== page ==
The first time we found ourselves outside the world was very special. Eerie, delicate, breathtakingly beautiful. It felt as if we could break it, and be respawned back into the main map at any point, and so each step was taken cautiously.
We headed due West into the great unknown, where environmental detail was stripped back every few minutes, until we eventually came across a long, irregular gash between solid ground and very blurry, low-resolution looking ground, like some kind of seam at the edge of the world.
Far below it, an expansive ocean glistened. We did some experiments to see whether the land over the ditch could hold us, but seeing as knives, arrows and cans rolled straight through it, we decided it would make for a risky jump. What happened after jumping wasn’t anything we’d have predicted.
Obsessed, we explored the outsides of the map for months. We discovered all sorts of stuff out there. As game developers, we likened it to peeking behind the curtains — it was fascinating to try to piece together how something as complex, dynamic and extraordinary as Red Dead Redemption 2 had been technically achieved. Out there seemed to be a mix of procedurally generated landscapes, and small developer experiments to stumble across.
Eventually, and inevitably, Rockstar patched the exploit, and we could no longer explore our favourite place. Luckily, we documented the best bits, sharing the photos and stories with Twitter, which were picked up by Kotaku, as well as by a Swedish radio program, P3 Spel.
From our stories, interviews and images, Out of Bounds was born. While it is was an original exhibition designed by ACMI, it was also both built upon and very deeply rooted in a 2020 installation called ‘The Grannies’.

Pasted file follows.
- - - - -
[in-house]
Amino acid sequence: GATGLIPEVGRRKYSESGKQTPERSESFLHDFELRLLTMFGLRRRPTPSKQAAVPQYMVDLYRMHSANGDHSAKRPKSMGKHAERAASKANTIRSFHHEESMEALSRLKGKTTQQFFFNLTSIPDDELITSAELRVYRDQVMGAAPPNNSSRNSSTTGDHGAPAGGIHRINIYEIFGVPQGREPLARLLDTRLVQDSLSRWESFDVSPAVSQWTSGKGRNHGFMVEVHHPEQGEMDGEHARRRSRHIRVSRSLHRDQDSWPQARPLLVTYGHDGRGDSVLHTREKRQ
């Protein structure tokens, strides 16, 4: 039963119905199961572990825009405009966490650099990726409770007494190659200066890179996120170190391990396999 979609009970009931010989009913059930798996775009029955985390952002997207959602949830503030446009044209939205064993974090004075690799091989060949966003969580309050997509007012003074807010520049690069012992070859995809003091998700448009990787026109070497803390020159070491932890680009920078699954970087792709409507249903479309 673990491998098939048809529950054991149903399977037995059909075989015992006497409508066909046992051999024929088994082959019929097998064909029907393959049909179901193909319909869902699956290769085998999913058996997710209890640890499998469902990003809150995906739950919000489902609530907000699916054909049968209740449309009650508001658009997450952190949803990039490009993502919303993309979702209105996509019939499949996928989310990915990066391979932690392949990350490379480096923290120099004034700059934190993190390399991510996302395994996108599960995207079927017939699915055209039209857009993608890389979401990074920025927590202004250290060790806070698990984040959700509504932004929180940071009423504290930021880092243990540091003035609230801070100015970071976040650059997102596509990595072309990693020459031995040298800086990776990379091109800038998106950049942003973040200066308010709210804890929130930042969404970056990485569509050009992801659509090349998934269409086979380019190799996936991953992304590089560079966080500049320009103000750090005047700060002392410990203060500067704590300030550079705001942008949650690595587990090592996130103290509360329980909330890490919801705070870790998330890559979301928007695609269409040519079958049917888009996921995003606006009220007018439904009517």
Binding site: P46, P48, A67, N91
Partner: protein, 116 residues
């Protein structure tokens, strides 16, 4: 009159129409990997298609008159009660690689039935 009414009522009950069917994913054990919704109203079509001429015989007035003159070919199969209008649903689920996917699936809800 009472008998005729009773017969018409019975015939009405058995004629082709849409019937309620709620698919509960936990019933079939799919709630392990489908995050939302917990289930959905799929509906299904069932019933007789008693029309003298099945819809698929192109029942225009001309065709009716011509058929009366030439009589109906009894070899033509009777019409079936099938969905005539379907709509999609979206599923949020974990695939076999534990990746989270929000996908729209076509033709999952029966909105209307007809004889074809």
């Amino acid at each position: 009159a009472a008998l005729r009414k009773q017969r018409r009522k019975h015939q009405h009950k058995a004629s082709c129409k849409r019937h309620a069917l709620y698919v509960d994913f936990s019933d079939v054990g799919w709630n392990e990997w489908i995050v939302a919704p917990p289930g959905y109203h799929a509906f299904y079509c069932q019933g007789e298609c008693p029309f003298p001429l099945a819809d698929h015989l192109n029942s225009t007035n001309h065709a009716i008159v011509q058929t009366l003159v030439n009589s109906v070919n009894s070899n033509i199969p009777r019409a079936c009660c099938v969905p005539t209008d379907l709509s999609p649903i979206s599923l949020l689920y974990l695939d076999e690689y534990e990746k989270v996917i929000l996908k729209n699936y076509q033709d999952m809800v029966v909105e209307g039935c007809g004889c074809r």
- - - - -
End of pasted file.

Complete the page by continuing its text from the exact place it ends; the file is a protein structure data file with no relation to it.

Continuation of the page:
Designed and directed by contemporary games curator & creative director, Marie Foulston, ‘The Grannies’ was originally commissioned to be shown at Somerset House in London for Now Play This Festival, and was intended to be a multichannel video installation shown in tandem with the responsive videogame work, Red Desert Render by Ian MacLarty.
Being 2020, due to COVID-19, the work (just weeks out from opening) stalled.
In 2021 the installation was beautifully reshaped into a short documentary format which went on to debut at the prestigious IDFA, before being shown to packed cinemas in London, Milan, Rotterdam and Austin at various film festivals.
In 2022, ACMI collaborated closely with Marie Foulston (et al.) to install the work as close to its initial vision as possible, the way it was supposed to be experienced, with a few minor but welcome embellishments.
ACMI has previously given us extremely impactful curation, with
By curating Out of Bounds, ACMI committed to reviving a significant work, very near to its original form, demonstrating that it is performing as a world-class contemporary arts museum capable of finding and sharing the quirky, experimental best of modern games culture.
Out of Bounds was a free exhibition, that runs at ACMI from 8 December 2022 – 23 April 2023. Find out more on the ACMI website. This article has been updated since its original publishing date.